Steamboat History: Accidents Of The 19Th Century

Although travel by steamboats is today viewed as a romantic excursion, in its history such travel was also extremely dangerous due to the frequency of deadly accidents.

Imagine yourself as a passenger aboard a Mississippi steamboat 150 years ago. The onboard saloon is filled with gamblers plying their trade, whiskey is being served at the bar, and music from the piano fills the room. Step outside onto the deck and you can see the scenic willows along the riverbank going by. And every town you pass has colorful crowds standing along the riverbank or on the docks enthusiastically waving to you. It is indeed a romantic scene of a bygone era.

However, what is today largely forgotten is that steamboats were extremely dangerous. In just the first 40 years following the introduction of the steamboat by Robert Fulton in 1807, it is estimated that approximately 500 steamboats were lost to accidents with a death toll of nearly 4,000 people. So frequent were the steamboat accidents and sinkings that the average lifespan of a steamboat was only four to five years.

One of the causes of these steamboat accidents was racing. Much money was bet on such steamboat races and the captains overlooked safety precautions in favor of winning. Underwater obstacles such as sunken logs or boulders were frequently the cause of sinking the racing steamboats because the high speed made them hard to observe until it was too late. Also if the racing steamboats were parallel to each other, the narrowing of the river channel would make them come close enough to collide. And finally, the overheated boilers necessary to power such high-speed races would frequently explode. Because the steamboats were made mostly of wood, this meant that fires from the exploding boilers would quickly spread. In 1852, the government cracked down on these hazards by imposing regulations on the construction and maintenance of steamboat boilers.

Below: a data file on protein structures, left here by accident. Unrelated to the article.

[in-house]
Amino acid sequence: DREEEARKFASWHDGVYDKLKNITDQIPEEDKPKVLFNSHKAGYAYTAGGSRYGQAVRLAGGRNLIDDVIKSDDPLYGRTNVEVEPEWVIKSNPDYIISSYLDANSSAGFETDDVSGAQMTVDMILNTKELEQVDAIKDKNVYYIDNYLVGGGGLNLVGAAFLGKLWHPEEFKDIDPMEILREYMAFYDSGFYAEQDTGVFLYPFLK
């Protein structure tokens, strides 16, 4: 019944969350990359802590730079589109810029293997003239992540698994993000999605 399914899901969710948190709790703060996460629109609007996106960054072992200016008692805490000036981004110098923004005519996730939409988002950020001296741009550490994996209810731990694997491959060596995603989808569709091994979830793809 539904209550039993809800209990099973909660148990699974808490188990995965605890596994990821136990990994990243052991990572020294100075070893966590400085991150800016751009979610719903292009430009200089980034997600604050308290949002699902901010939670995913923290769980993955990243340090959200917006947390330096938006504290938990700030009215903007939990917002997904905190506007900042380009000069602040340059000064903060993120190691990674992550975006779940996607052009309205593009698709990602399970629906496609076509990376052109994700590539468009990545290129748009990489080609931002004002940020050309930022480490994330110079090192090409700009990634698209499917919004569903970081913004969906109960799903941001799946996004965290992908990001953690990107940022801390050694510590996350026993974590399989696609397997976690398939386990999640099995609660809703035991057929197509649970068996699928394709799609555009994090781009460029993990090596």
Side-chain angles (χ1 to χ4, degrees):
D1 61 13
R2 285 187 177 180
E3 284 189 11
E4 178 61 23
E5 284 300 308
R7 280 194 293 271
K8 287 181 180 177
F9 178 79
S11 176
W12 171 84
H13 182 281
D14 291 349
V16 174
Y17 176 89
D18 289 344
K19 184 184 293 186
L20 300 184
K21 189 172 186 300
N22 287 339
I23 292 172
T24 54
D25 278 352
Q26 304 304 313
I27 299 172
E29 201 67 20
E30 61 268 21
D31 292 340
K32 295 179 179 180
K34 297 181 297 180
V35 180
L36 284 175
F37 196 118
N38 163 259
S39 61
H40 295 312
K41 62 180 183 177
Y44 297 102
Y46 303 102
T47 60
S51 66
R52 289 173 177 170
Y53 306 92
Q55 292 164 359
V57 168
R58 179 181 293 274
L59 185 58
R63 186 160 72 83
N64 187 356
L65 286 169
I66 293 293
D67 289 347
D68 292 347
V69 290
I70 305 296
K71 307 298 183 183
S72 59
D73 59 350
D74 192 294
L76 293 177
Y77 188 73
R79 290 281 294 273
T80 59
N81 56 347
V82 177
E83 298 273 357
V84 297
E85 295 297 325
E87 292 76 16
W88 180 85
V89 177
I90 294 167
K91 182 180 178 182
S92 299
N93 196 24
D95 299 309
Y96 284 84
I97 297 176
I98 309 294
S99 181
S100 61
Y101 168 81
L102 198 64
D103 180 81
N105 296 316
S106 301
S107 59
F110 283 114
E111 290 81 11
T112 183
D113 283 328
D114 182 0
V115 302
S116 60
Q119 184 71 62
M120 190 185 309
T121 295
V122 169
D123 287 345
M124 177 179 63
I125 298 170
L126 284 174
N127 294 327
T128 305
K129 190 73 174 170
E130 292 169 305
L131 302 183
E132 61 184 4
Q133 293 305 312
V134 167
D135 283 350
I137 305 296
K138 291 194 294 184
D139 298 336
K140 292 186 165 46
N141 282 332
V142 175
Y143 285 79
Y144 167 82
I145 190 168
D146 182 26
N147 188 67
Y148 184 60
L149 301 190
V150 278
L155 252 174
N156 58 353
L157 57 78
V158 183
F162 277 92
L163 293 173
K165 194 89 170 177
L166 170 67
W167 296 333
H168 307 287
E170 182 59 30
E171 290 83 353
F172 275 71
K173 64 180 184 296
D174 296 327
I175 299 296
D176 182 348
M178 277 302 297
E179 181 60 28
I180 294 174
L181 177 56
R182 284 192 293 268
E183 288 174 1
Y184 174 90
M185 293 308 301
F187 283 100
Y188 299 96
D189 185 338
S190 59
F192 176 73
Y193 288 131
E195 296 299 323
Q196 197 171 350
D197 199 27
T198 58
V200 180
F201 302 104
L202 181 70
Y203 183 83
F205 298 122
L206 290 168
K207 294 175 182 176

Despite these regulations, steamboat accidents still continued. One of the worst of these accidents, causing the death of hundreds of passengers, occurred aboard the steamboat Pennsylvania in 1858 that suffered a boiler explosion. Among the injured passengers aboard the Pennsylvania was Henry Clemens whose skin had been badly scalded. His brother, Sam, came to visit Henry in an improvised hospital. This is how Sam described the long painful death of his brother: "For forty-eight hours I labored at the bedside of my poor burned and bruised but uncomplaining brother"¦and then the star of my hope went out and left me in the gloom of despair"¦."

Sam was never the same after the death of his brother Henry. What made this especially poignant was that Sam Clemens was also a steamboat captain at that time. Perhaps you know him better by the name he used later in life---Mark Twain.

During the Civil War, steamboat travel yielded to the necessity of using riverboats for the conflict. After the Civil War, steamboat travel was never to reach the level that it had before the war, in part due to the growth of the railroad. Yet the very worst steamboat accident occurred at the very end of the Civil War in April 1865, when the steamboat Sultana, carrying a an excess capacity load of returning Union prisoners recently freed from Confederate prison camps, blew up, causing in excess of 1700 deaths.

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